General Writing and Grammar Help/Get in on

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Question
Dear Ted:

What does "gets in on" mean in the sentence below?

John GETS IN ON the ladies' plan to seduce her mother so they can throw a house party.

Also, would you please give me some other examples of how to use the above expression correctly/properly?

Thank you,

Paolo

Answer
Dear Paolo:

What does "gets in on" mean in the sentence below?

John GETS IN ON the ladies' plan to seduce her mother so they can throw a house
party.

Also, would you please give me some other examples of how to use the above
expression correctly/properly?

*** The phrase means that John becomes informed of or privy to the plan.  The sentence is very peculiar.  Why do you use "her," which SEEMS to refer to John?  "Seduce" quite often has sexual implications, so it is not a proper word for the sentence.

EXAMPLES:

The group decided to GET Jim in on the plan to demonstrate against the teacher.

They LET ME IN ON THE PLAN to decorate the hall.

*** Paolo, "LET" is more often used than "GET," when you are inviting or informing someone about a "secret."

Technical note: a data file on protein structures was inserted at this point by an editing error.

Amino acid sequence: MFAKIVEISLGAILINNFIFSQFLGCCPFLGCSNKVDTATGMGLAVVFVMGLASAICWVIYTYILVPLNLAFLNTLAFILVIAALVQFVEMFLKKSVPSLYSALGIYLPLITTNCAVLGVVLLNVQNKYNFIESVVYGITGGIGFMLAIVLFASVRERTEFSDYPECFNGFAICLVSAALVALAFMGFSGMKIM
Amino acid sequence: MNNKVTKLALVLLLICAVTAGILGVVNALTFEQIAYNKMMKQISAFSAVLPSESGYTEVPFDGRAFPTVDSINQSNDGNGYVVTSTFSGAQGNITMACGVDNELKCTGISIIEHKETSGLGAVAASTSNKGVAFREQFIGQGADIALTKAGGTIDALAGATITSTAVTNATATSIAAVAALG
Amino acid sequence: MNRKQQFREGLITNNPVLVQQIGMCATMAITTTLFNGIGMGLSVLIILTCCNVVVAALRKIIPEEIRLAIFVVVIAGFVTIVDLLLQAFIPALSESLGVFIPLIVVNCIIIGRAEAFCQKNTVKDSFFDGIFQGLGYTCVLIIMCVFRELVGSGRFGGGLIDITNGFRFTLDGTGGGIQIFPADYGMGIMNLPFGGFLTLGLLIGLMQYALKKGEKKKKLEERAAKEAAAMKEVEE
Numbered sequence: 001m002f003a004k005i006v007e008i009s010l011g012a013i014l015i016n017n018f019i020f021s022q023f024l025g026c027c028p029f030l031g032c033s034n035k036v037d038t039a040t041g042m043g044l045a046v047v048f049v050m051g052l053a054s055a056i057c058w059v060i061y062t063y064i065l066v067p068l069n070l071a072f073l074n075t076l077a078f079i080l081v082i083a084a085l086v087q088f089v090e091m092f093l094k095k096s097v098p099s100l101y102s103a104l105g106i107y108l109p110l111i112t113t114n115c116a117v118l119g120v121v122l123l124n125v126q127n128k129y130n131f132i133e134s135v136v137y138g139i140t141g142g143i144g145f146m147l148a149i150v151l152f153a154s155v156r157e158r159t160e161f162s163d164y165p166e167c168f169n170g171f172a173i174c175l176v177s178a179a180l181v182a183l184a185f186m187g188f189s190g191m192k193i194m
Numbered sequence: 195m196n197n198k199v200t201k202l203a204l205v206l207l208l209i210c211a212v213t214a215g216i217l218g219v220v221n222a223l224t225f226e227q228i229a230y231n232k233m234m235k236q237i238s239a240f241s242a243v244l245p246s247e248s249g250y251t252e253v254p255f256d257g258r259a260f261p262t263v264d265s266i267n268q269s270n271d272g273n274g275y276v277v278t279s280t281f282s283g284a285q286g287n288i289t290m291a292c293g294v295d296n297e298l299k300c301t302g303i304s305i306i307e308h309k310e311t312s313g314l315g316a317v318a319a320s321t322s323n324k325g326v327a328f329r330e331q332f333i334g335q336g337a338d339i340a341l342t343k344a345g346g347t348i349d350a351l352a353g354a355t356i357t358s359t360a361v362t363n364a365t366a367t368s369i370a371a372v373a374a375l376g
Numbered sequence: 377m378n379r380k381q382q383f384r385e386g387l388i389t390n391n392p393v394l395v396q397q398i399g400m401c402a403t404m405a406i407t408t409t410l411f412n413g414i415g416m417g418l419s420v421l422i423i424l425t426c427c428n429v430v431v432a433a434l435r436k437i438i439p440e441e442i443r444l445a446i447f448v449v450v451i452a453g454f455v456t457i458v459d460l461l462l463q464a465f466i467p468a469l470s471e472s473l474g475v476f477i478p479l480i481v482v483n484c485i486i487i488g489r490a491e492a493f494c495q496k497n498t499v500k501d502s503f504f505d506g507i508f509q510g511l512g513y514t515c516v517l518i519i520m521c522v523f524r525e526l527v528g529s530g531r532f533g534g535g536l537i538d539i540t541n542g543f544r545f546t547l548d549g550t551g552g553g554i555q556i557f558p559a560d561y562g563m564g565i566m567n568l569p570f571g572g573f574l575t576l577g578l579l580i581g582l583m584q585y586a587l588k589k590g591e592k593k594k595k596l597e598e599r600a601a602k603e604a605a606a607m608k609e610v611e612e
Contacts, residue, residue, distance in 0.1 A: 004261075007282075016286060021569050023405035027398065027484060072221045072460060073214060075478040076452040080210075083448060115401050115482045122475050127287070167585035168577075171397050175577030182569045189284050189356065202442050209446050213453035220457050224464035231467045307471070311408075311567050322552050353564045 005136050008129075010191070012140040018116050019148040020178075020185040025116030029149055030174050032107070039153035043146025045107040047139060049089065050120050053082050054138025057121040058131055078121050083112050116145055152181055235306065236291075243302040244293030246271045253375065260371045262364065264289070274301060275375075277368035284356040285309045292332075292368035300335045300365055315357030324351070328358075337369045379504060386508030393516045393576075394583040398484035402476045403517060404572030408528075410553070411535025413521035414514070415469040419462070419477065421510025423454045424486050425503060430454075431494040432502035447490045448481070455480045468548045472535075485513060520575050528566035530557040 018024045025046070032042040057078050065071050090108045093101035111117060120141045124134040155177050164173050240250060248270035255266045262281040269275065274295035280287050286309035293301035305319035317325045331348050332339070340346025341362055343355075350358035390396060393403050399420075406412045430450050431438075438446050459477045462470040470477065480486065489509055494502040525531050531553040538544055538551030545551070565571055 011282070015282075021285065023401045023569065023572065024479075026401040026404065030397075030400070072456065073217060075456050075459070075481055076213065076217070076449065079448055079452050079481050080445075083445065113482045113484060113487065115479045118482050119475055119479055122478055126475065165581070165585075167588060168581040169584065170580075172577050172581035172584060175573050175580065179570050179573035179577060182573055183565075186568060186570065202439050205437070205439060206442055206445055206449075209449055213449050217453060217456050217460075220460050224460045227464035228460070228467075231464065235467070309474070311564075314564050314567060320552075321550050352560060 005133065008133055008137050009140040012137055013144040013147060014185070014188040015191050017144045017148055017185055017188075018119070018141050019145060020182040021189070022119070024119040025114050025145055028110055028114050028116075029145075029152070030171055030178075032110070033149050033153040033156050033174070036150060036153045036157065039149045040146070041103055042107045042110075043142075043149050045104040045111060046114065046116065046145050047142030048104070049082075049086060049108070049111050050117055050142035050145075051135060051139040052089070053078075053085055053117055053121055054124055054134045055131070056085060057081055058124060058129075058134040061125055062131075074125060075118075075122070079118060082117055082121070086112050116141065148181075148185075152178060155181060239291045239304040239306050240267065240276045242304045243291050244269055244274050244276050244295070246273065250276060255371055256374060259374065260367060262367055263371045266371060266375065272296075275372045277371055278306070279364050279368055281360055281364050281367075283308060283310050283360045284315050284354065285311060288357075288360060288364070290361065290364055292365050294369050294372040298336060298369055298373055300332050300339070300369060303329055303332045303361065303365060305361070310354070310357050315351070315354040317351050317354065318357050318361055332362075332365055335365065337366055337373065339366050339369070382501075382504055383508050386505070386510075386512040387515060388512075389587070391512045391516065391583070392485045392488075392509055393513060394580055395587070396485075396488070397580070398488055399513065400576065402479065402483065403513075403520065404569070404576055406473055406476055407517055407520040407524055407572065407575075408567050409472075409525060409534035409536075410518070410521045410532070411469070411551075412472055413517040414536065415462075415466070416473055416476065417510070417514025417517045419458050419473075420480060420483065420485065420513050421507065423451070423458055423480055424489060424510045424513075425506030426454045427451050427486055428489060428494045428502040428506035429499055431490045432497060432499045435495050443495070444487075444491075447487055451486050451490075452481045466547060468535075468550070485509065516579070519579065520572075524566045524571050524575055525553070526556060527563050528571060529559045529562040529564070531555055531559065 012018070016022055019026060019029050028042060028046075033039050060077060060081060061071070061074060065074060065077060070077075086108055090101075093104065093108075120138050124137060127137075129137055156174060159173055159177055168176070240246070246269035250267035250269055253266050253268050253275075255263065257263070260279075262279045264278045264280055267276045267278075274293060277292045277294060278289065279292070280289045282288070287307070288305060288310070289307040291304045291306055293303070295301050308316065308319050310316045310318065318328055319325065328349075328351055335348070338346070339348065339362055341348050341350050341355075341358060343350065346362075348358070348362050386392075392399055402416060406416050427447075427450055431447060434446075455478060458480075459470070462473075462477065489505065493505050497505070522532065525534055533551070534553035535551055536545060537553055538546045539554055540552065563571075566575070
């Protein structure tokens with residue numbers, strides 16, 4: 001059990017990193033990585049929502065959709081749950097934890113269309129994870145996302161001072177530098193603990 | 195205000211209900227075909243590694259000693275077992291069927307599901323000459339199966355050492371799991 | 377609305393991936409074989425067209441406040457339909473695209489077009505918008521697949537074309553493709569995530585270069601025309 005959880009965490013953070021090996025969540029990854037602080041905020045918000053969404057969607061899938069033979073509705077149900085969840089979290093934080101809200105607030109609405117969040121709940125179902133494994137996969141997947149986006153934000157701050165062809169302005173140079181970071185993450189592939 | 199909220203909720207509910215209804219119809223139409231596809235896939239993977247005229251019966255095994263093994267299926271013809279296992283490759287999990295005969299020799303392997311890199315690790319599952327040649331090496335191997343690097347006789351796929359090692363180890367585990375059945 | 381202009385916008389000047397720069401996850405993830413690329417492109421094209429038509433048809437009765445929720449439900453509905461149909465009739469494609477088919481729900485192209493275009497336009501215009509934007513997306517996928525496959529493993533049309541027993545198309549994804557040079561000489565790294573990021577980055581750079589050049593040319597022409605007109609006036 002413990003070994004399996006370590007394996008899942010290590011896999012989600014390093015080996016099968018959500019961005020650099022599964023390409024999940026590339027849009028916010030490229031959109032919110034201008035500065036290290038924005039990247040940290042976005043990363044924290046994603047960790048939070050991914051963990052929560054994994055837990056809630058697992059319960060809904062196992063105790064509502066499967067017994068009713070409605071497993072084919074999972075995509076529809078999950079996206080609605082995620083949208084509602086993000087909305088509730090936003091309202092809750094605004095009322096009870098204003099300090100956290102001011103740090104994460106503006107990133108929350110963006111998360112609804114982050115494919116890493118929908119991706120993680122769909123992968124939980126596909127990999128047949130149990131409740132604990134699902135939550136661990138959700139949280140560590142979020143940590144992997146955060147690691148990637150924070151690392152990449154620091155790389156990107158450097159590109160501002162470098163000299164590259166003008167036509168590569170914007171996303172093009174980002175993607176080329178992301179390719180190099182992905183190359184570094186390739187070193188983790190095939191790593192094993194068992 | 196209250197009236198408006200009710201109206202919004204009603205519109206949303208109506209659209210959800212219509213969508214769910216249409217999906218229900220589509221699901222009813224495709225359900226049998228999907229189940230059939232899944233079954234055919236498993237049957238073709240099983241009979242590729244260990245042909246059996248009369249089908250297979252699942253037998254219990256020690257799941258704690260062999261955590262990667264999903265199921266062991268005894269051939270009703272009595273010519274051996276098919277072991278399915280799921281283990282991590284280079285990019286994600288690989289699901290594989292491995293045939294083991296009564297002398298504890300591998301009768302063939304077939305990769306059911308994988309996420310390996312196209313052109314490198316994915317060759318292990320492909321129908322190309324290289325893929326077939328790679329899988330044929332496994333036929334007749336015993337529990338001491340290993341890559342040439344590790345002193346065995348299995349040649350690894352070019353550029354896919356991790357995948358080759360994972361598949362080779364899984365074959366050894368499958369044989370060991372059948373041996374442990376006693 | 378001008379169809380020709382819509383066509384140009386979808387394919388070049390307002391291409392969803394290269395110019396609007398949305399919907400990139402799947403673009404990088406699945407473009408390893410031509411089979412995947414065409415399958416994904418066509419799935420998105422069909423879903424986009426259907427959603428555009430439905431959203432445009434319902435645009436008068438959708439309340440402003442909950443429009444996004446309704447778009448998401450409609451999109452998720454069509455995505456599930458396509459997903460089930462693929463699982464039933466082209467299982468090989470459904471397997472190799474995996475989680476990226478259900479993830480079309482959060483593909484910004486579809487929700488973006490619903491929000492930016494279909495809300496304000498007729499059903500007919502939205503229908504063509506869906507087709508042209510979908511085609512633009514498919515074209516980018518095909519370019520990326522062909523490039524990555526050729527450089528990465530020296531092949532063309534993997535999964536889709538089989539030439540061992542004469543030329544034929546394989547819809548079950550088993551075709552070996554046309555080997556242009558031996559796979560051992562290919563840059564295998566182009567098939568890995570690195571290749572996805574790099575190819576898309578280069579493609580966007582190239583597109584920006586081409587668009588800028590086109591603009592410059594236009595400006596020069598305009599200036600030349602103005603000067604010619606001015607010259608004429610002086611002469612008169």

Ted

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Ted Nesbitt

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I am the bibliographic instruction and reference librarian at a public college. Some members of the English department recommend me to their students. I offer assistance in grammar, punctuation, sentence structure, and paragraph development. My master`s thesis concerns William Faulkner`s tragic novels. I formerly taught advanced placement English at two schools in the Philadelphia area.

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I have been one of the highest-ranked volunteers in this category for more than a decade.

Education/Credentials
B. A. and M. A in English; MSIS in Library & Information Sciences; graduate study in philosophy

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